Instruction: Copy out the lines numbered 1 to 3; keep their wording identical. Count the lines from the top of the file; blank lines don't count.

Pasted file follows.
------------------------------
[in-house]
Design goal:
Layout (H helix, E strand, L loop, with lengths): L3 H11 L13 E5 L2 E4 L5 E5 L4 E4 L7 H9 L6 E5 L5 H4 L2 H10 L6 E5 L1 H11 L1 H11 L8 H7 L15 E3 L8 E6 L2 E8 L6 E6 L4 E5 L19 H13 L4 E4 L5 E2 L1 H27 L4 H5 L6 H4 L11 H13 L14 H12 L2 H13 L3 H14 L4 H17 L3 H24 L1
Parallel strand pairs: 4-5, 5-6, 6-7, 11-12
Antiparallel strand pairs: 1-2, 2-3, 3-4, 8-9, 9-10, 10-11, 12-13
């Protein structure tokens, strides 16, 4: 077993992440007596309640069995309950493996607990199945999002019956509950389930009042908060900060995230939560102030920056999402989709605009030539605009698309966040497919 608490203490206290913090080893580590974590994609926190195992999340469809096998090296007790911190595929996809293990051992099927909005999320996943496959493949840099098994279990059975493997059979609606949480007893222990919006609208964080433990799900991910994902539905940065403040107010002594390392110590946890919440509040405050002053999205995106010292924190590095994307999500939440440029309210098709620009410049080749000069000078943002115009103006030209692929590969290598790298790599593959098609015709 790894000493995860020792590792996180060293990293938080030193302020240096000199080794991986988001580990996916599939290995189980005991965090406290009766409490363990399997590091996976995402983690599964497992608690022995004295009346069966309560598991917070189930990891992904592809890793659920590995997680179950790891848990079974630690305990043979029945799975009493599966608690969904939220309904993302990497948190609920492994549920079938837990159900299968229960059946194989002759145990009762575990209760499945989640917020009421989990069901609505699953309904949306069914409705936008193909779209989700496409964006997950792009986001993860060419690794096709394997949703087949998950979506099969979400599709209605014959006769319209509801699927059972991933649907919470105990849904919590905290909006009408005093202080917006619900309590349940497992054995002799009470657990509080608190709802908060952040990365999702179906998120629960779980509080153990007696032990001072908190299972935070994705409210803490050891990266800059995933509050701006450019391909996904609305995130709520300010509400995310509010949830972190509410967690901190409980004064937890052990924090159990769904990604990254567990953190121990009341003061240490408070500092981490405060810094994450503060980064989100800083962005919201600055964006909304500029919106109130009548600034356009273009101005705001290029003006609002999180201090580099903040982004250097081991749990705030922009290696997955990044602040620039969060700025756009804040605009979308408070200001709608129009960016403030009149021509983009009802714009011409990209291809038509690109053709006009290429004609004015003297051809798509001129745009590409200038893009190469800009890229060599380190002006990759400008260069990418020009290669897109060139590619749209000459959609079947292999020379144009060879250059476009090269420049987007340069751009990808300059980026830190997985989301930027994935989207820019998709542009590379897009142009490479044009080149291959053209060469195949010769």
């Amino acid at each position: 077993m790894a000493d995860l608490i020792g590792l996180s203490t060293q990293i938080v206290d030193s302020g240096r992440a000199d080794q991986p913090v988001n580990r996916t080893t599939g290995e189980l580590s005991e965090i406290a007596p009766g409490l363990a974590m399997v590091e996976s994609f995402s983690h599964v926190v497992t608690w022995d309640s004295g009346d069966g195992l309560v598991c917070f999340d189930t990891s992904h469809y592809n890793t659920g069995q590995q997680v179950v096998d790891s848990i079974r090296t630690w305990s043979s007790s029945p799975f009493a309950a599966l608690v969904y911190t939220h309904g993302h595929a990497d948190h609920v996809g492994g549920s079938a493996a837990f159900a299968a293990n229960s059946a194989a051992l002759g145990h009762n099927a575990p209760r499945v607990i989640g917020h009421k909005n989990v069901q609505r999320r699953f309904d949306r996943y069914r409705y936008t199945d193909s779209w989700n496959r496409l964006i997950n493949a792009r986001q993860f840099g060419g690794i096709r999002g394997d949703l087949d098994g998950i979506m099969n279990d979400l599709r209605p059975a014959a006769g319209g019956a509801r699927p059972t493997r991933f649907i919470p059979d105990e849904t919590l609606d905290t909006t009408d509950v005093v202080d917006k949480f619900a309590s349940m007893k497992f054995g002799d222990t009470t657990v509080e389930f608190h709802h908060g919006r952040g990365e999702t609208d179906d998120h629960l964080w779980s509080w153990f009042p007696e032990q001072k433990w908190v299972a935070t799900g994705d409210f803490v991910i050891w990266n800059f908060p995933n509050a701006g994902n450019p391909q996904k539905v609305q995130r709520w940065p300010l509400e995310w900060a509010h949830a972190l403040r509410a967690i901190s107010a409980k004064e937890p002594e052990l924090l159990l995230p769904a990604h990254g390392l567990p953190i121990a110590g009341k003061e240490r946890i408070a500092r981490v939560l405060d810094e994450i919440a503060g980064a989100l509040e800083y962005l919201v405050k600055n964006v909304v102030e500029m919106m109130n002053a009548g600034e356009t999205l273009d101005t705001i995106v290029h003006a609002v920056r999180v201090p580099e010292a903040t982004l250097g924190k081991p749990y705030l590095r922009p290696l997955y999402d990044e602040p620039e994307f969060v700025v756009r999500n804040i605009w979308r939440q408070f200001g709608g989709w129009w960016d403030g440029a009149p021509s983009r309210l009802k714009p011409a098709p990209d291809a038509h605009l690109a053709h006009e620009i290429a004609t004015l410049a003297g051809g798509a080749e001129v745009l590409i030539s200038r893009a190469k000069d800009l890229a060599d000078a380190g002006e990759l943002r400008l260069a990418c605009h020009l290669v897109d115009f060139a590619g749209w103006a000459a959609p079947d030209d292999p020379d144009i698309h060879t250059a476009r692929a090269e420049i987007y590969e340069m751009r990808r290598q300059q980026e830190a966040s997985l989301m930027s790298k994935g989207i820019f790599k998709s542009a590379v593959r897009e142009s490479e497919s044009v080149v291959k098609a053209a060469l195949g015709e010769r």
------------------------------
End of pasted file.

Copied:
[in-house]
Design goal:
Layout (H helix, E strand, L loop, with lengths): L3 H11 L13 E5 L2 E4 L5 E5 L4 E4 L7 H9 L6 E5 L5 H4 L2 H10 L6 E5 L1 H11 L1 H11 L8 H7 L15 E3 L8 E6 L2 E8 L6 E6 L4 E5 L19 H13 L4 E4 L5 E2 L1 H27 L4 H5 L6 H4 L11 H13 L14 H12 L2 H13 L3 H14 L4 H17 L3 H24 L1